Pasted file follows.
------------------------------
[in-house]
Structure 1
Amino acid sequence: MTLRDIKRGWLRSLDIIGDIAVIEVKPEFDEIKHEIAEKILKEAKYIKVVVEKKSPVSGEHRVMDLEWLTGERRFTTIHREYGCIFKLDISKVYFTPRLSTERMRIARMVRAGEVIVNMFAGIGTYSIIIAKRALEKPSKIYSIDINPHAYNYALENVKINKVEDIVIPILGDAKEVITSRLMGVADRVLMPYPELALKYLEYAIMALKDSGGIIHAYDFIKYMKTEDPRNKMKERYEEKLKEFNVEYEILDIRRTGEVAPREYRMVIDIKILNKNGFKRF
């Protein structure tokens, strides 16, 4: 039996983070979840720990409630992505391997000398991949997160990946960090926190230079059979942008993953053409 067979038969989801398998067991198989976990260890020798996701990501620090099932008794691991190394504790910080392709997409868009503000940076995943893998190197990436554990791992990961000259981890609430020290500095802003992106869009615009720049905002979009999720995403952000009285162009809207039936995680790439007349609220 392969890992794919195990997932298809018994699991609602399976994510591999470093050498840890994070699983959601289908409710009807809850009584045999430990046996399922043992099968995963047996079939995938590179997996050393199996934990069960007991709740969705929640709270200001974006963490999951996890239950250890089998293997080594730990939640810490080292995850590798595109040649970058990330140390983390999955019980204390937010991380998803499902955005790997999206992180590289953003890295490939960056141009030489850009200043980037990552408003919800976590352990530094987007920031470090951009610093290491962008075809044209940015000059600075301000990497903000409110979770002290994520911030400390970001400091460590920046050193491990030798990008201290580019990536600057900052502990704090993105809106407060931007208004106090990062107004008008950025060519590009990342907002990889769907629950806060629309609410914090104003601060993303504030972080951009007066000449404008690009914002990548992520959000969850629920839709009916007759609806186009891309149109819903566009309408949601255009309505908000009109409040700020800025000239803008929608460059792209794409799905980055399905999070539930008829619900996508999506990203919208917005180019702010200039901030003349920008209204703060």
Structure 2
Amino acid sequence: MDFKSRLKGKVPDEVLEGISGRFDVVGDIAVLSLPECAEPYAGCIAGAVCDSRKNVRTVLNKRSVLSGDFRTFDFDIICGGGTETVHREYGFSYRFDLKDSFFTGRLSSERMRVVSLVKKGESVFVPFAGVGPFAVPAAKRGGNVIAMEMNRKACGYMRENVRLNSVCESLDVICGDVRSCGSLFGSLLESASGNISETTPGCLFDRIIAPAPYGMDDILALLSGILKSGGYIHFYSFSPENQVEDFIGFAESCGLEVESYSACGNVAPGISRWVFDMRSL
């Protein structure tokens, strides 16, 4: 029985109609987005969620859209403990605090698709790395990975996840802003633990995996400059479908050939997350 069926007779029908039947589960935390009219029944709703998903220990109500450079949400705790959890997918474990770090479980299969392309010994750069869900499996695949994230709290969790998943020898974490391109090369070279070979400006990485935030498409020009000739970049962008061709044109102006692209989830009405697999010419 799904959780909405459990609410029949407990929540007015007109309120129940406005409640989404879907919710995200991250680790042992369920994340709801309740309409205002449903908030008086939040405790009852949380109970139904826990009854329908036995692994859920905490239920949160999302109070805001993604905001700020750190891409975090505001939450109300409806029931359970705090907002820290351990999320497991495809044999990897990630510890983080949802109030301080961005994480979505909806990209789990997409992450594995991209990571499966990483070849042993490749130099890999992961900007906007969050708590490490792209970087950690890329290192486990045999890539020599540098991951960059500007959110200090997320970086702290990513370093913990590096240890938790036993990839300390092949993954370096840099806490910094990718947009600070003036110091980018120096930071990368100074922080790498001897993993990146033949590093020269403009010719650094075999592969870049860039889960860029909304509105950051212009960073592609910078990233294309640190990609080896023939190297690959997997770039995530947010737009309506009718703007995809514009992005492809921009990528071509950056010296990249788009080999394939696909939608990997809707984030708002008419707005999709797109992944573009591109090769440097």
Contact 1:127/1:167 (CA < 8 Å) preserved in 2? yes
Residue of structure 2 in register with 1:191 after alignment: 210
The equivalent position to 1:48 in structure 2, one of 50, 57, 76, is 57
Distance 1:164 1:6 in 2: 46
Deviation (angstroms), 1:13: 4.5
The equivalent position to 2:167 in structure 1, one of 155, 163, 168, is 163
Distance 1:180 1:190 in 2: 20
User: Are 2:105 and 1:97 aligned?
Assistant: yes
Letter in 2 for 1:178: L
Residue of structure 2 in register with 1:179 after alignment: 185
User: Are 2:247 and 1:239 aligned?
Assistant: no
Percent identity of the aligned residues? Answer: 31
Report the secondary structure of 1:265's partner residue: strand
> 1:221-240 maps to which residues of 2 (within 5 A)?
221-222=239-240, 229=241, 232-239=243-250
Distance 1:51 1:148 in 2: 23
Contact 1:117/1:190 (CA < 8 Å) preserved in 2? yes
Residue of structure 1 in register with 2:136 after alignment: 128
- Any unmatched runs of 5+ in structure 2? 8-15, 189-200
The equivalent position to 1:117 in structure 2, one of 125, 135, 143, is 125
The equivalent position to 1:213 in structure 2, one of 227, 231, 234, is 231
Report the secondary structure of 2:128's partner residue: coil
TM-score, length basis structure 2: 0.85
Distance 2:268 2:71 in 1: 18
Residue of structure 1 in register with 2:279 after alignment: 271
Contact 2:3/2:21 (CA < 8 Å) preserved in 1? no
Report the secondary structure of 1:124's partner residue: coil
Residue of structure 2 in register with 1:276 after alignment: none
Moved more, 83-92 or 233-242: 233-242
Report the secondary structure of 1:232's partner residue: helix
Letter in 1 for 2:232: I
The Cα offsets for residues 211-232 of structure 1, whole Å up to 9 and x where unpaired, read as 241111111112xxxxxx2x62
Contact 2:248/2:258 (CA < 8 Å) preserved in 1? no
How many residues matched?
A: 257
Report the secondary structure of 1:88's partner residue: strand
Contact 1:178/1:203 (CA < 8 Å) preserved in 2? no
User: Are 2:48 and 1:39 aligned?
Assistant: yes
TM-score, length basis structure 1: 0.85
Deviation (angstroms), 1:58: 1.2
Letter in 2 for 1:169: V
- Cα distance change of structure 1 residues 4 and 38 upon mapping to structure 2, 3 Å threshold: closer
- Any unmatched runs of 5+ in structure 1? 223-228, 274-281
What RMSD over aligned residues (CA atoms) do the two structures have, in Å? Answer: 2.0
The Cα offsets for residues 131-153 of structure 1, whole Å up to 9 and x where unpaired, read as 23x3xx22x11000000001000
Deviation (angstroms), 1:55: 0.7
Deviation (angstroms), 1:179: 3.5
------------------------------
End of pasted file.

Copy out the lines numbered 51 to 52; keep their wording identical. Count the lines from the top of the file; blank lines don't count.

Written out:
Letter in 2 for 1:169: V
- Cα distance change of structure 1 residues 4 and 38 upon mapping to structure 2, 3 Å threshold: closer